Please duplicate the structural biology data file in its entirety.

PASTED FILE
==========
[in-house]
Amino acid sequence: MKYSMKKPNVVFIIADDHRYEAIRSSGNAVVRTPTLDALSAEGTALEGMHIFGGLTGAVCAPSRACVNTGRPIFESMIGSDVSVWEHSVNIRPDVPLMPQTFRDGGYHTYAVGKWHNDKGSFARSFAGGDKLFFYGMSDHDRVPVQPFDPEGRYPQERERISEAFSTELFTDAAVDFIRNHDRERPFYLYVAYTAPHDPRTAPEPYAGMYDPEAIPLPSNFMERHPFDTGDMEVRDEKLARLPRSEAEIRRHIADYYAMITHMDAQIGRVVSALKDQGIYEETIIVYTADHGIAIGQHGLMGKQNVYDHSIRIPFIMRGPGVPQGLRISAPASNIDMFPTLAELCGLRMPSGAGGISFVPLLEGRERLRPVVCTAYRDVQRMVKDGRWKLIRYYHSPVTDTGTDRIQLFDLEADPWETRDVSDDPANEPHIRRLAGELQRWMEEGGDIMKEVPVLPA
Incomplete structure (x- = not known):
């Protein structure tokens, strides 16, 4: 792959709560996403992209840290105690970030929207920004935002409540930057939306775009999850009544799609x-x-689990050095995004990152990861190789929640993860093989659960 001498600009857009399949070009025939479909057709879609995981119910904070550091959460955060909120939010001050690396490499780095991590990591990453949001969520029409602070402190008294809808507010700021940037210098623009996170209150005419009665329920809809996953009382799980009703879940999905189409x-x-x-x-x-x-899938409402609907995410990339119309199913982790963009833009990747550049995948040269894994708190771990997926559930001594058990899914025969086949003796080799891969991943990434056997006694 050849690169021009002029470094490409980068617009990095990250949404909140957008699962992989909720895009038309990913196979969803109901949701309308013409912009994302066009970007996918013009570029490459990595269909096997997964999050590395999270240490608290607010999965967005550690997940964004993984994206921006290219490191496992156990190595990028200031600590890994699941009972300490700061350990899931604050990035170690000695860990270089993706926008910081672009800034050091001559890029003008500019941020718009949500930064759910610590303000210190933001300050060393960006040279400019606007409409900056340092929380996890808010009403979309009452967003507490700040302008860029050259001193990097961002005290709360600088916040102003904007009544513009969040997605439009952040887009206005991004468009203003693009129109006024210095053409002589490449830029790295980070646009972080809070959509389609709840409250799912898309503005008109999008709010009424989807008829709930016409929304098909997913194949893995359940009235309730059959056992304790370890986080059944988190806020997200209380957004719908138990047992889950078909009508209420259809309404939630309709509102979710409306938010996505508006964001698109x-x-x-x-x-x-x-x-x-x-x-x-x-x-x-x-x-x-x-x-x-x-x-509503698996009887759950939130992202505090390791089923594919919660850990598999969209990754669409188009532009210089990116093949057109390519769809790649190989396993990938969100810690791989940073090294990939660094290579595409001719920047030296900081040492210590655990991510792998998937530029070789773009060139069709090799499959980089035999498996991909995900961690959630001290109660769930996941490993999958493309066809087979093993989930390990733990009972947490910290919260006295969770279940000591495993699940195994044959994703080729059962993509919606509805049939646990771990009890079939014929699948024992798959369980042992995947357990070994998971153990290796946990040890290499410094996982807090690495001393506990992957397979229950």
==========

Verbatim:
[in-house]
Amino acid sequence: MKYSMKKPNVVFIIADDHRYEAIRSSGNAVVRTPTLDALSAEGTALEGMHIFGGLTGAVCAPSRACVNTGRPIFESMIGSDVSVWEHSVNIRPDVPLMPQTFRDGGYHTYAVGKWHNDKGSFARSFAGGDKLFFYGMSDHDRVPVQPFDPEGRYPQERERISEAFSTELFTDAAVDFIRNHDRERPFYLYVAYTAPHDPRTAPEPYAGMYDPEAIPLPSNFMERHPFDTGDMEVRDEKLARLPRSEAEIRRHIADYYAMITHMDAQIGRVVSALKDQGIYEETIIVYTADHGIAIGQHGLMGKQNVYDHSIRIPFIMRGPGVPQGLRISAPASNIDMFPTLAELCGLRMPSGAGGISFVPLLEGRERLRPVVCTAYRDVQRMVKDGRWKLIRYYHSPVTDTGTDRIQLFDLEADPWETRDVSDDPANEPHIRRLAGELQRWMEEGGDIMKEVPVLPA
Incomplete structure (x- = not known):
């Protein structure tokens, strides 16, 4: 792959709560996403992209840290105690970030929207920004935002409540930057939306775009999850009544799609x-x-689990050095995004990152990861190789929640993860093989659960 001498600009857009399949070009025939479909057709879609995981119910904070550091959460955060909120939010001050690396490499780095991590990591990453949001969520029409602070402190008294809808507010700021940037210098623009996170209150005419009665329920809809996953009382799980009703879940999905189409x-x-x-x-x-x-899938409402609907995410990339119309199913982790963009833009990747550049995948040269894994708190771990997926559930001594058990899914025969086949003796080799891969991943990434056997006694 050849690169021009002029470094490409980068617009990095990250949404909140957008699962992989909720895009038309990913196979969803109901949701309308013409912009994302066009970007996918013009570029490459990595269909096997997964999050590395999270240490608290607010999965967005550690997940964004993984994206921006290219490191496992156990190595990028200031600590890994699941009972300490700061350990899931604050990035170690000695860990270089993706926008910081672009800034050091001559890029003008500019941020718009949500930064759910610590303000210190933001300050060393960006040279400019606007409409900056340092929380996890808010009403979309009452967003507490700040302008860029050259001193990097961002005290709360600088916040102003904007009544513009969040997605439009952040887009206005991004468009203003693009129109006024210095053409002589490449830029790295980070646009972080809070959509389609709840409250799912898309503005008109999008709010009424989807008829709930016409929304098909997913194949893995359940009235309730059959056992304790370890986080059944988190806020997200209380957004719908138990047992889950078909009508209420259809309404939630309709509102979710409306938010996505508006964001698109x-x-x-x-x-x-x-x-x-x-x-x-x-x-x-x-x-x-x-x-x-x-x-509503698996009887759950939130992202505090390791089923594919919660850990598999969209990754669409188009532009210089990116093949057109390519769809790649190989396993990938969100810690791989940073090294990939660094290579595409001719920047030296900081040492210590655990991510792998998937530029070789773009060139069709090799499959980089035999498996991909995900961690959630001290109660769930996941490993999958493309066809087979093993989930390990733990009972947490910290919260006295969770279940000591495993699940195994044959994703080729059962993509919606509805049939646990771990009890079939014929699948024992798959369980042992995947357990070994998971153990290796946990040890290499410094996982807090690495001393506990992957397979229950």